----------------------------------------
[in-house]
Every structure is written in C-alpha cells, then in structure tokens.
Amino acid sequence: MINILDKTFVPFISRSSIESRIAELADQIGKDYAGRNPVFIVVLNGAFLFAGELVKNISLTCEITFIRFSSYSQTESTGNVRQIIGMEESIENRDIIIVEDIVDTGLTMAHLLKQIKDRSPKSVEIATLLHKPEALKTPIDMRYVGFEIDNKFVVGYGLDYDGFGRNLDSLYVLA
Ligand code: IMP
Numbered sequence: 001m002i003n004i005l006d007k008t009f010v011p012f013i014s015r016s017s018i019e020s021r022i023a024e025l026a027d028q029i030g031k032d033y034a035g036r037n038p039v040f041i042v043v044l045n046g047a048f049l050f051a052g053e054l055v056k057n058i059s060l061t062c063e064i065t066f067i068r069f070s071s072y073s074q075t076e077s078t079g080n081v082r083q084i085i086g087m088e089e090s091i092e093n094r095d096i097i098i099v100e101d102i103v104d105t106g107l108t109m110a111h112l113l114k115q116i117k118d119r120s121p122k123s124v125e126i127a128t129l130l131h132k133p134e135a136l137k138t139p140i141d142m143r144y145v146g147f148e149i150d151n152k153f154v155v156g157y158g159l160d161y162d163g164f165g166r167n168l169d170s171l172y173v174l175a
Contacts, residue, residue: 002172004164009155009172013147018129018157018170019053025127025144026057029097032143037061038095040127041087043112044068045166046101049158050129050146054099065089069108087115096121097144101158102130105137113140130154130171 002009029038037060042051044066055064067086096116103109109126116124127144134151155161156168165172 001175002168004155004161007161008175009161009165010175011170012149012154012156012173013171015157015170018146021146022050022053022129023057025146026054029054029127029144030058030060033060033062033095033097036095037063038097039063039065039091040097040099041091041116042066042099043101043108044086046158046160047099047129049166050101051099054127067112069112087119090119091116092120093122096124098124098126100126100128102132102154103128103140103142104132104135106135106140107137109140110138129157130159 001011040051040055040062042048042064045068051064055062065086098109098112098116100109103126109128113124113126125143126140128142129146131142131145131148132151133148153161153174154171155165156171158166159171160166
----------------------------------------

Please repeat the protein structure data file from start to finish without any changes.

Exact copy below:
[in-house]
Every structure is written in C-alpha cells, then in structure tokens.
Amino acid sequence: MINILDKTFVPFISRSSIESRIAELADQIGKDYAGRNPVFIVVLNGAFLFAGELVKNISLTCEITFIRFSSYSQTESTGNVRQIIGMEESIENRDIIIVEDIVDTGLTMAHLLKQIKDRSPKSVEIATLLHKPEALKTPIDMRYVGFEIDNKFVVGYGLDYDGFGRNLDSLYVLA
Ligand code: IMP
Numbered sequence: 001m002i003n004i005l006d007k008t009f010v011p012f013i014s015r016s017s018i019e020s021r022i023a024e025l026a027d028q029i030g031k032d033y034a035g036r037n038p039v040f041i042v043v044l045n046g047a048f049l050f051a052g053e054l055v056k057n058i059s060l061t062c063e064i065t066f067i068r069f070s071s072y073s074q075t076e077s078t079g080n081v082r083q084i085i086g087m088e089e090s091i092e093n094r095d096i097i098i099v100e101d102i103v104d105t106g107l108t109m110a111h112l113l114k115q116i117k118d119r120s121p122k123s124v125e126i127a128t129l130l131h132k133p134e135a136l137k138t139p140i141d142m143r144y145v146g147f148e149i150d151n152k153f154v155v156g157y158g159l160d161y162d163g164f165g166r167n168l169d170s171l172y173v174l175a
Contacts, residue, residue: 002172004164009155009172013147018129018157018170019053025127025144026057029097032143037061038095040127041087043112044068045166046101049158050129050146054099065089069108087115096121097144101158102130105137113140130154130171 002009029038037060042051044066055064067086096116103109109126116124127144134151155161156168165172 001175002168004155004161007161008175009161009165010175011170012149012154012156012173013171015157015170018146021146022050022053022129023057025146026054029054029127029144030058030060033060033062033095033097036095037063038097039063039065039091040097040099041091041116042066042099043101043108044086046158046160047099047129049166050101051099054127067112069112087119090119091116092120093122096124098124098126100126100128102132102154103128103140103142104132104135106135106140107137109140110138129157130159 001011040051040055040062042048042064045068051064055062065086098109098112098116100109103126109128113124113126125143126140128142129146131142131145131148132151133148153161153174154171155165156171158166159171160166